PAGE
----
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Rosie and the Rich Man: An Australian Parable

Tuesday, 28 November 2023  | Travis McHarg

Once, years ago, a family lived in Gosse Street in Central Australia. From time to time an elderly Aboriginal woman, when hungry, came and sat on the back lawn. She lived over the river in a camp in the bushes and rocks behind a school. She was Rosie, with the classificatory (skin) name of Napaljarri of the Warlpiri people north of Alice Springs. With her limited English she told me she grew up on Coniston Station.

On the corner of the street there was an excellent white house with manicured hedges. The owner was a kindly retired pastoralist of wealth and substance. He grew better grapes than we did so he used to drop around a supply, and if he met up with the lady of the house walking down the street, he gave her a lift in his fine Mercedes Benz.

From my estimate of the age of Rosie (she would not know her age), I thought she would have been a young person when massacres took place on Coniston station in 1928. I did not press her for her recollection of the ‘killing times’, as Aboriginals call them, but she may have seen some of the work of the police party and may even have seen her parents shot.

The man on the corner was educated and had been in the Northern Territory for over sixty years. He had ‘gone bush’ to work with the cattle. In time, the good things came his way and he became rich. However his sometime head stockman recounted being told of an occasion when one night a spear came through the rich man’s mosquito net. He was unwelcome on that country. Next day he took his rifle and shot two indigenous men and burnt their bodies. And he ‘never had any more trouble with Aboriginals’ on that country.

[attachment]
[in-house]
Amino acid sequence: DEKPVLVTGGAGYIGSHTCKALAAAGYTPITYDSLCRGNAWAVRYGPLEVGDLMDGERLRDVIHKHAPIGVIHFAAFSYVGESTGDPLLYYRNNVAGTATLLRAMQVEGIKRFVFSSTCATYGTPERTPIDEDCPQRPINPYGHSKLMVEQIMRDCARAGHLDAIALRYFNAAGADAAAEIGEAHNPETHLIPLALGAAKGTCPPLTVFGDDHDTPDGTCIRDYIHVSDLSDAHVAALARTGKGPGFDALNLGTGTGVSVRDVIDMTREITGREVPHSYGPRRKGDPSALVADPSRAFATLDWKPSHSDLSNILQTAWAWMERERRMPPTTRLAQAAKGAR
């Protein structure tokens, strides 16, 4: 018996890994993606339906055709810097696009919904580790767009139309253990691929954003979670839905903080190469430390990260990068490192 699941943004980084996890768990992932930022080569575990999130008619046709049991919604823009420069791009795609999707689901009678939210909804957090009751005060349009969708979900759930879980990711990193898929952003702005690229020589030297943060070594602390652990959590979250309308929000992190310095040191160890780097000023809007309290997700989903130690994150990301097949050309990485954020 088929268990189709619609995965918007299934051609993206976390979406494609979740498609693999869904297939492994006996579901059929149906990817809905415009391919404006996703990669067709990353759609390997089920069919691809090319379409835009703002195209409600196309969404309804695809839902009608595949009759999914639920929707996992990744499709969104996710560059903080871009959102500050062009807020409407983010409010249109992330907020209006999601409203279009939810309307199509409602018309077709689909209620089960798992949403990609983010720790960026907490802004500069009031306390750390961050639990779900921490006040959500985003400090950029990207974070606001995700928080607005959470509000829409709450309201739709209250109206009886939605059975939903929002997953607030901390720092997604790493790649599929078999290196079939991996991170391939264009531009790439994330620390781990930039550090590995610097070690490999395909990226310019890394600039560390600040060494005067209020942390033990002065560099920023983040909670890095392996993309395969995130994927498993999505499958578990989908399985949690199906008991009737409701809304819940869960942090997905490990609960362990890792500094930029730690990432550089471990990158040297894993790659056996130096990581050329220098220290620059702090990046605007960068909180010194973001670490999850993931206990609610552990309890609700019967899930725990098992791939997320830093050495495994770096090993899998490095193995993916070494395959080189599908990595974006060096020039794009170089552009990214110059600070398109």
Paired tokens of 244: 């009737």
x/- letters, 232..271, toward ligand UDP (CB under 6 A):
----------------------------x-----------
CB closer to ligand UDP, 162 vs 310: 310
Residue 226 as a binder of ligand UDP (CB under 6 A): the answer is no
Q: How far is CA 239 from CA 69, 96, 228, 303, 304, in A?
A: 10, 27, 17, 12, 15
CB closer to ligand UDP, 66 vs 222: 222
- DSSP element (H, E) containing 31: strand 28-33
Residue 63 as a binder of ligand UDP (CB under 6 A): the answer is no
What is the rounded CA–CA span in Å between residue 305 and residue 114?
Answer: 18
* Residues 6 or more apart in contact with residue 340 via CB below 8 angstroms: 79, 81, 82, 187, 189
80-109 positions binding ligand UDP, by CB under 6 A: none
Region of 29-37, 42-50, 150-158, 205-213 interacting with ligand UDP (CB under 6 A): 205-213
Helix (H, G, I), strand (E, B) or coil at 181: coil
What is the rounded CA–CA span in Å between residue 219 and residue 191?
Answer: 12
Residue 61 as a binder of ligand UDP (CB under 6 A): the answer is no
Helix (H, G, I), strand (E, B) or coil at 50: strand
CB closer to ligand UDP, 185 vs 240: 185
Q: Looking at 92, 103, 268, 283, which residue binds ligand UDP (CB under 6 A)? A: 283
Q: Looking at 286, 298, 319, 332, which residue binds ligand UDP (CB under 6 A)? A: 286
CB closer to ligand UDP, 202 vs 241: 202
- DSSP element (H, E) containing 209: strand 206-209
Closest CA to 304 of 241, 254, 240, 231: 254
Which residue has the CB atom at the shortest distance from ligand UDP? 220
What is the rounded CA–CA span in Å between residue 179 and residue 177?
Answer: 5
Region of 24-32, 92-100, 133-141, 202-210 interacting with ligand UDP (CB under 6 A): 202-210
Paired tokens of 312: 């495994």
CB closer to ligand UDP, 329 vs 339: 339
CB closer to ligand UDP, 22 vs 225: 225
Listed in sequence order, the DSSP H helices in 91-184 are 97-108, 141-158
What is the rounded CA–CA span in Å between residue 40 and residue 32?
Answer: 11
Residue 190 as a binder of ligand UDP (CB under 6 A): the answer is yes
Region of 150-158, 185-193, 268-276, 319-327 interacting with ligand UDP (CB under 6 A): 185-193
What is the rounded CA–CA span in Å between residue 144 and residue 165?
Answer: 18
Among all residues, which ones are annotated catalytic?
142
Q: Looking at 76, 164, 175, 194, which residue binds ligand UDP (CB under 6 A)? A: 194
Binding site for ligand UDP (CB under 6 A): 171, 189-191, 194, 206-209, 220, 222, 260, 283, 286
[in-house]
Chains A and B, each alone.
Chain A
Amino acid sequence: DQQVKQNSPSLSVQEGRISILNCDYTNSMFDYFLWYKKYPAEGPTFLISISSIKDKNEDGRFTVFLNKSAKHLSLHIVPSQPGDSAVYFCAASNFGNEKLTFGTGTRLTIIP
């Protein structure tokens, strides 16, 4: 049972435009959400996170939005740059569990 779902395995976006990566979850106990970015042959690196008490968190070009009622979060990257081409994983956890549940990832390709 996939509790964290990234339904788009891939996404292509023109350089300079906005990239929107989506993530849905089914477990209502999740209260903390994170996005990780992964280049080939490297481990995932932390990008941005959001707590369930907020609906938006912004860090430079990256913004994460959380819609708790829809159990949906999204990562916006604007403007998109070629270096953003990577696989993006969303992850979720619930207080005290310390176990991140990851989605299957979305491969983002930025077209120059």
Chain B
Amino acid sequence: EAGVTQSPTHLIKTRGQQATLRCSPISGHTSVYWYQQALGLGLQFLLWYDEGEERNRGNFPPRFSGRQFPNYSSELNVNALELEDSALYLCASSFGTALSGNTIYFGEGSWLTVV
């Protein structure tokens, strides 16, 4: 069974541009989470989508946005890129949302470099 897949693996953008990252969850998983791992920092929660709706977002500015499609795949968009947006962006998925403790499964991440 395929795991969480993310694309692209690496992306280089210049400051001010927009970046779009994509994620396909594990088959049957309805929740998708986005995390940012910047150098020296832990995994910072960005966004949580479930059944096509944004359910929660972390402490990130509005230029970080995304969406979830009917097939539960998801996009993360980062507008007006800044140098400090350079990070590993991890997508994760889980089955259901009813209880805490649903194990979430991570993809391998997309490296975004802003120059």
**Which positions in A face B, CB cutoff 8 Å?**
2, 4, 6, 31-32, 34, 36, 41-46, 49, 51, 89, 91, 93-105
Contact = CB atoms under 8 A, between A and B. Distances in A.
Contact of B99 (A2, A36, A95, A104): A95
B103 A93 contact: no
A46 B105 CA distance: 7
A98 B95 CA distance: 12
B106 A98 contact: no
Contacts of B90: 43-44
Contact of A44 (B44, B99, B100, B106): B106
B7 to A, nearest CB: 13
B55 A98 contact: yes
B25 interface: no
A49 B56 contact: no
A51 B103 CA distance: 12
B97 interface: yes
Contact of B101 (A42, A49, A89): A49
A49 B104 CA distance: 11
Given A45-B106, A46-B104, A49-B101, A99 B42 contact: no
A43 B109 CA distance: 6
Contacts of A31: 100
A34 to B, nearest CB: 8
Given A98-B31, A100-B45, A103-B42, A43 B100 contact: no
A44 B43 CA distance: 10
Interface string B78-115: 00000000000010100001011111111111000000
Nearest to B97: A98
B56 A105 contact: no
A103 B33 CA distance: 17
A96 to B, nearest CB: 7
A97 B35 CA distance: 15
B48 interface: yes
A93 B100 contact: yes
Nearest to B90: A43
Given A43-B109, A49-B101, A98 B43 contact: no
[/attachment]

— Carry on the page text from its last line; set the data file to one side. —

The rich man’s cattle ate the native foodstuffs on which the gatherers depended. The rich man’s cattle drank the water on which the people depended. The rich man, like us, benefitted from the Aboriginal land on which the cattle tramped and on which we live. When hungry, Rosie, perhaps a survivor of the ‘killing times’, came and sat on the back lawn, and there, a little way up the street, was the rich man in his fine house — perhaps a murderer of her people.

Rosie died and the rich man died — to appear on that day when every nation, race, language and tribe are judged.

Is this a parable of Australia, the rich man in his home and the beggar on the grass? They asked for so little – recognition and a voice – and it was too much; it will be a sandwich on the grass. The ‘people always get it right’ is corrupt nonsense; it was not right. Remember the people who cried ‘crucify him’ — they had the numbers.

Lord, remember not our offences, nor the offences of our forefathers; spare us, good Lord, spare your people whom you have redeemed with your precious blood.

Spare us, good Lord.

(The Litany AAPB, p. 98.)

Travis McHarg
was a public servant in the Northern Territory in the 1970s and 1980s. He is an occasional dabbler in art/photography and church history who belongs to South Croydon Anglican Church.


Image credit: Kata Tjuta / Mount Olga, Central Australia. Photo by Travis McHarg.

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